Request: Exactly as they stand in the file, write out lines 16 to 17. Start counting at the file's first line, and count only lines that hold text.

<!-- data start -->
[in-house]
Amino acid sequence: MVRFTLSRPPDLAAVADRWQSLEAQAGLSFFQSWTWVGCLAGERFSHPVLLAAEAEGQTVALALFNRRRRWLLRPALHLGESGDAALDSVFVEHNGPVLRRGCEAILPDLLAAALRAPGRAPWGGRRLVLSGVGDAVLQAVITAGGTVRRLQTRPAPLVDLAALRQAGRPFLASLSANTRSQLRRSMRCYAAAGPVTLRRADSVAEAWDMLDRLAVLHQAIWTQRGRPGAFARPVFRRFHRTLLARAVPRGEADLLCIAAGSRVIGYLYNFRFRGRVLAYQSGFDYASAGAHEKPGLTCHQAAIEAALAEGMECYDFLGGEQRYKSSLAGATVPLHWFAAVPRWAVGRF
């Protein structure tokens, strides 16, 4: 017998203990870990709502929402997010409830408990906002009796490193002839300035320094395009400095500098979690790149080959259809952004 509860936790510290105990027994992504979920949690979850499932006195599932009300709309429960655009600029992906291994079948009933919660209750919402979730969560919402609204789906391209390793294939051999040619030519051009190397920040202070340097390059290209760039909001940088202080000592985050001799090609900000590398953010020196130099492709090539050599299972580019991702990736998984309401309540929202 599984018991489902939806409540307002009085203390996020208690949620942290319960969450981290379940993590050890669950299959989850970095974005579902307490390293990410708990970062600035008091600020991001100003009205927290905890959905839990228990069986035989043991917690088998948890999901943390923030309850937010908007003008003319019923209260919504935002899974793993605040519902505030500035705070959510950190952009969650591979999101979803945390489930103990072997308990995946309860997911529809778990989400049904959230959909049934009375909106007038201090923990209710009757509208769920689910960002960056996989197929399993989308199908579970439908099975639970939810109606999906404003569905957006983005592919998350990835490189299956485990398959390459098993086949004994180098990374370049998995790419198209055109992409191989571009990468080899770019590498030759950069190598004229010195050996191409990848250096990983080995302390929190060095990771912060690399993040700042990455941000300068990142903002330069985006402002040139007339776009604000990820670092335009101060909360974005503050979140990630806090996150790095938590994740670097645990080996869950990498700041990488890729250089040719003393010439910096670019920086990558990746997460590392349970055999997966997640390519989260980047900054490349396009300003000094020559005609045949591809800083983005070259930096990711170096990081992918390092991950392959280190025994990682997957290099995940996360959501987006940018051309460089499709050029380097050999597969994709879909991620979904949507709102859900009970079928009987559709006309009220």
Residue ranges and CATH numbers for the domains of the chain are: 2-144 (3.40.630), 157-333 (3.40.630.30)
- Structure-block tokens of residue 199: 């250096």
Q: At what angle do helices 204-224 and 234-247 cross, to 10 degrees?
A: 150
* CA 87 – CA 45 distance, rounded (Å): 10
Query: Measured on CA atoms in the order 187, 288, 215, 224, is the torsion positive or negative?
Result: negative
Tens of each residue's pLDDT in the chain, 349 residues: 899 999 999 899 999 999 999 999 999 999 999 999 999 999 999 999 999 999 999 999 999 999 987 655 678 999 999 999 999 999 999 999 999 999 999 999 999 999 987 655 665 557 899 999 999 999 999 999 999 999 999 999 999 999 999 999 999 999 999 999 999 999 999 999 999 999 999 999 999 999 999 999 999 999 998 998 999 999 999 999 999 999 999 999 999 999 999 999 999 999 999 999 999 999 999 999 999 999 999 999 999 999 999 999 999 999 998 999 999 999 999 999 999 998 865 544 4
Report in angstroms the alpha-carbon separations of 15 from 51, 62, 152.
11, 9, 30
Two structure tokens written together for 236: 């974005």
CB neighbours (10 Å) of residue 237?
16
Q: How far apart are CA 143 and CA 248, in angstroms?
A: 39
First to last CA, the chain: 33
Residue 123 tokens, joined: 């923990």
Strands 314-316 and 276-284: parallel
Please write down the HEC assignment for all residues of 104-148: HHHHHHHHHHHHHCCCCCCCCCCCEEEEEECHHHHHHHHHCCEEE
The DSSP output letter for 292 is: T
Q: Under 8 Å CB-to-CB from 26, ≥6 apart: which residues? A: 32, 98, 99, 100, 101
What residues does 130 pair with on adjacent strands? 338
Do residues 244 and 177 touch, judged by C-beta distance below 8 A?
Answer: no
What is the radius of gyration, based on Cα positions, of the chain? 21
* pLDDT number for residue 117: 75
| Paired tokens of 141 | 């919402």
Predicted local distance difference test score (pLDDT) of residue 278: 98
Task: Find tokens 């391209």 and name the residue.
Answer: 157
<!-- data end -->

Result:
16
Q: How far apart are CA 143 and CA 248, in angstroms?